By John F. “Skip” Coleman, Technical Editor

A topic that can cause huge legal concerns is driving fire apparatus. As Deputy Chief Billy Goldfeder from the Loveland-Symmes (OH) Fire Department reminds us, all too often, firefighters are involved in accidents while operating fire department apparatus. Often, these accidents result in serious injury and death to civilians and firefighters as well.

There are certified/accepted courses designed to properly train firefighters on driving fire apparatus. The use of these courses by certified instructors can reduce not only the frequency and severity of accidents but also the subsequent legal liability to the driver, officer, department, and municipality.

Roundtable question: Does you department have a certified/accepted drivers training program? To post your comments, go to fireengineering.com/roundtable.html.


Join us for monthly Webcasts featuring the best of Fire Engineering authors and FDIC speakers. On February 21, Battalion Chief Anthony Kastros, from the Sacramento Metro (CA) Fire District, presents “Leadership and Succession Planning in Today’s Fire Service.” Webcasts are free, but you must register.



Try Rip Esselstyn’s E2 Almighty Healthy Wrap. He writes about the recipe at www.firelife.com: “Our very own Station 2 won the 2003 Austin Fire Department’s Healthy Wagon contest with this very healthful and tasty lunch/dinner wrap. The judges included three experts-the Fire Department’s in-house health specialist, a local representative from the American Heart Association, and a member of the Mayor’s Council for Physical Fitness.”

PHOTO OF THE DAY: Indianapolis (IN) firefighters arrived at a two-story residential structure with fire and smoke showing. While establishing a water supply, they noticed a residential structure on the next street with heavy smoke coming from the second floor. (Photo by John Buckman http://ifdphotosbyjohnbuckman.shutterfly.com.) See more photos at http://www.fireengineering.com/photo-of-the-day.html. Send your Photo of the Day submissions to Peter Prochilo (peterp@pennwell.com).


David Werner, firefighter, Gantt District (SC) Fire Department, writes in “Being the Underdog”: “With fewer people on the fireground, we need to be more creative and proficient in what we do. We must be fully confident and prepared to tackle all of the tasks on the fireground with just a handful of people. We need to increase our level of situational awareness, communicate what we see, and recognize dangerous situations. We also need to be prepared to cross over and accomplish tasks that would otherwise be performed by another company.” (http://bit.ly/UHw5WM)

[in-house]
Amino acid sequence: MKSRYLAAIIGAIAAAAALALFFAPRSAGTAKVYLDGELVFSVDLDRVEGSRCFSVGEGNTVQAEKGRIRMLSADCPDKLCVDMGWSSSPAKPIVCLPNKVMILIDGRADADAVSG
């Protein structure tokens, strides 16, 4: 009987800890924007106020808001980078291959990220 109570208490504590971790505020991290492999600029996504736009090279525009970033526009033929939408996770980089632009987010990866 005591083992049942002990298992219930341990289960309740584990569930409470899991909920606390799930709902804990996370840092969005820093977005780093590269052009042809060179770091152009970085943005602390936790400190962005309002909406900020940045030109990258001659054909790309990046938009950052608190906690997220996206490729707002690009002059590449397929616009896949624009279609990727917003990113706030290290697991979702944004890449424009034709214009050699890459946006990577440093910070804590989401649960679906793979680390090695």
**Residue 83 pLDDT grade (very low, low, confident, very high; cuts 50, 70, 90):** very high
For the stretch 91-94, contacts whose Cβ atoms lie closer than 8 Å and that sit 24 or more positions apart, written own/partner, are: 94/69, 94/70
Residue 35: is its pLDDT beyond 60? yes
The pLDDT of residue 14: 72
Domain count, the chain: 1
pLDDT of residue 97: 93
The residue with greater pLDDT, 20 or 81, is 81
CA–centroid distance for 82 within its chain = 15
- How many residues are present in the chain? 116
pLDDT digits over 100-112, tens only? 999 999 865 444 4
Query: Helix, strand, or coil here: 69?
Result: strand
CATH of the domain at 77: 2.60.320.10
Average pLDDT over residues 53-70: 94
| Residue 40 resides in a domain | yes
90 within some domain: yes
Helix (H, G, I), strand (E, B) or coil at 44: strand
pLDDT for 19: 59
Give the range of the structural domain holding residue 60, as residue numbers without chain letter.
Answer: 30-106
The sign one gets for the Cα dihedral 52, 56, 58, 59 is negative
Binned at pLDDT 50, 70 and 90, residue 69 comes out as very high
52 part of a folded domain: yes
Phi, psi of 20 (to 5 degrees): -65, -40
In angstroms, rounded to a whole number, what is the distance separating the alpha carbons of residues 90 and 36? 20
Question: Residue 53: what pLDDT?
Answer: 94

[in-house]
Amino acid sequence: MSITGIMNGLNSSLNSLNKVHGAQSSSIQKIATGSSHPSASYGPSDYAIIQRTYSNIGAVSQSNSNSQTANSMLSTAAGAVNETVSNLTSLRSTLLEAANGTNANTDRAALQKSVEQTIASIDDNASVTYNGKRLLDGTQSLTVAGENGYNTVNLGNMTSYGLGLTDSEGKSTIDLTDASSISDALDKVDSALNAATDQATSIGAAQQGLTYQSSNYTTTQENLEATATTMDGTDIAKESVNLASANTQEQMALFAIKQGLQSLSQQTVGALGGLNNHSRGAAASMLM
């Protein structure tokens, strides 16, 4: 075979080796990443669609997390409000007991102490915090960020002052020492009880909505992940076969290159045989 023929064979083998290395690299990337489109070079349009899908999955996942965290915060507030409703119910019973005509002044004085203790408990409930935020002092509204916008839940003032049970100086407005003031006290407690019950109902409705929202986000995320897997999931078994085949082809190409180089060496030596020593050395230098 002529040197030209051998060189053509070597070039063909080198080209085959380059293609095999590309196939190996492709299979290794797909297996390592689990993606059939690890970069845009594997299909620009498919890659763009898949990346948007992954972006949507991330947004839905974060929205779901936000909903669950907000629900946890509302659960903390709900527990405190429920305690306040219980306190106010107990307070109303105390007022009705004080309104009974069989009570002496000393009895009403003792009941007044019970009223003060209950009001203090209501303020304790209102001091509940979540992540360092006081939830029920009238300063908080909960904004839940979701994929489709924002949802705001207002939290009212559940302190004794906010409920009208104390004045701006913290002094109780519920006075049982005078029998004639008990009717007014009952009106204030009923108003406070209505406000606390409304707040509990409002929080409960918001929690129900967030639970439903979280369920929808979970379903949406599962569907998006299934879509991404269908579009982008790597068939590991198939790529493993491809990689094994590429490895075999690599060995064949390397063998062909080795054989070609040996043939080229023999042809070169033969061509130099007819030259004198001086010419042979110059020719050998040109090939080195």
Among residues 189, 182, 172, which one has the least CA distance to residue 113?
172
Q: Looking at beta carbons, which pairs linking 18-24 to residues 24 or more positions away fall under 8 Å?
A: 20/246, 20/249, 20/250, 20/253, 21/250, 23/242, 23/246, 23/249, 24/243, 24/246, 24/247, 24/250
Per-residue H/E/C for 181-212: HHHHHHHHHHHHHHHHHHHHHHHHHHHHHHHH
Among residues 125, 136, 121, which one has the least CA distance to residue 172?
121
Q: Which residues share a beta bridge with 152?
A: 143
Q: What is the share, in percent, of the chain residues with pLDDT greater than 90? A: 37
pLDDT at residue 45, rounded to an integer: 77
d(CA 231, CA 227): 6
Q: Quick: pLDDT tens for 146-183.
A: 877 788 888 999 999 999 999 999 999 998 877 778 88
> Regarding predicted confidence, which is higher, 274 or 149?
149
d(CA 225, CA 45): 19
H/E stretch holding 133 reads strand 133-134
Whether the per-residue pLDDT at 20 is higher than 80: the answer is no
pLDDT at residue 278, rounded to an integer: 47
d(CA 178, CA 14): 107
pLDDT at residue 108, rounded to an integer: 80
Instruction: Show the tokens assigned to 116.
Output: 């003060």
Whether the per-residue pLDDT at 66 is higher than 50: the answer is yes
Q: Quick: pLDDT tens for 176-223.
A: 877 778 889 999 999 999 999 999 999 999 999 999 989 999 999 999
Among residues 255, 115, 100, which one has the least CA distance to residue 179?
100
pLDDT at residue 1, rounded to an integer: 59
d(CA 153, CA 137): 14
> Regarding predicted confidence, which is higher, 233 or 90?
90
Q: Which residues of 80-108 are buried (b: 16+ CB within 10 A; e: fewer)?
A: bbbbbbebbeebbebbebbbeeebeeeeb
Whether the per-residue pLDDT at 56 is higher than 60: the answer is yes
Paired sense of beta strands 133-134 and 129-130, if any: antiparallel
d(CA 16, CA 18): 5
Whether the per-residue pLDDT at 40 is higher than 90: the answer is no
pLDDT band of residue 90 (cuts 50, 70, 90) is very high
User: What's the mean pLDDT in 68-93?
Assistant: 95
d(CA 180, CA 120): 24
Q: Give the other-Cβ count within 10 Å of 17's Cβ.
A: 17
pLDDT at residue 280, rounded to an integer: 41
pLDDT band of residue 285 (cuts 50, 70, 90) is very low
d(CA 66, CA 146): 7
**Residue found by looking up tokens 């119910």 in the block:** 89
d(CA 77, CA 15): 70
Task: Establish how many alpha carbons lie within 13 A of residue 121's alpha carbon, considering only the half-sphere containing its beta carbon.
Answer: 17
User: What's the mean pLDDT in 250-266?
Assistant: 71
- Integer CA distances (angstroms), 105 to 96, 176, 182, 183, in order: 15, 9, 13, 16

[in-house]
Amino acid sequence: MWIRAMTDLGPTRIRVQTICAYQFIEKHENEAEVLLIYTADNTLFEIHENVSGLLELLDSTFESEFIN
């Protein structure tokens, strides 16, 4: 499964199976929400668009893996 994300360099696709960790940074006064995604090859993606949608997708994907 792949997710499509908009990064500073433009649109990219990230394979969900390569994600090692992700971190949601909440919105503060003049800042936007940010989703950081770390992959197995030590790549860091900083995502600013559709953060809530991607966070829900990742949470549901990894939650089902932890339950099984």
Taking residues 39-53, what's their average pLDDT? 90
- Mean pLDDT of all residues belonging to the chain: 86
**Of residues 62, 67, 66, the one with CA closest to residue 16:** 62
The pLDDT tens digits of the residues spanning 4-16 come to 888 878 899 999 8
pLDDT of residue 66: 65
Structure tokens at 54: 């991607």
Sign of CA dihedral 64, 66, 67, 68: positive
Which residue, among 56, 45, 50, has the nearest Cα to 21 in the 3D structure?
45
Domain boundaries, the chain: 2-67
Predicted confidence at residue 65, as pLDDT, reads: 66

P. J. Norwood, deputy chief/training officer, East Haven (CT) Fire Department, writes in “Leadership Lessons from the Streets”: “This article is not going to discuss the leadership traits listed in the management books. I am going to discuss real-life issues that happen in firehouses across the country that many officers need to learn from.” (http://bit.ly/VDg45x)

Gregory Havel, retired deputy chief/training officer, Burlington (WI) Fire Department, writes in “Our Lady of the Angels School Fire, Part 1”: “Saturday, December 1, was the 54th anniversary of the fire at Our Lady of the Angels Catholic School in Chicago, Illinois. Three of the sisters who taught at the school and 92 children died. Many more were injured by heat, smoke, and jumping from windows to escape the fire. The school was overcrowded, with about 60 students in each of the 24 classrooms.” (http://bit.ly/UHv3u7)

Peter Bryan, retired chief, Norco, Monrovia, Rancho Cucamonga, and Wheatland (CA) fire departments, writes in “Revenue Change-Based Negotiations”: “Perhaps, just perhaps, it is time to consider negotiations based on a concept of ‘revenue changes’ similar to how we address operational costs. In good years, we generally increase our budgeted expenditures in an effort to match demands for service to the needed resources and to improve service. In difficult fiscal times, we reduce our operational costs to a level where the expenditures do not exceed projected revenues.” (http://bit.ly/UEcfy0)

In “Leadership in the Fire Service: Rated ‘PG’ for Parental Guidance,” I write: “I have had the good fortune to read a lot of management and leadership articles over the past 17 years. Most of these are very cognitive and filled with theories and litanies of dos and don’ts and steps required to attain the perfect fire company. But let’s simplify things. Leadership in the fire service in its simplest form is like a parent/child relationship. It’s truly a family affair.” (http://bit.ly/VECWkE)


Name: Gary Stevenson.
Department: Clark County (NV) Fire Department.
Title/rank: fire instructor.
Years of public service: 9.
Agency structure: combination department.
Top issues in your department: develop/deliver training to 27 paid and 13 volunteers stations.
Professional qualifications: fire officer II, fire service instructor III.


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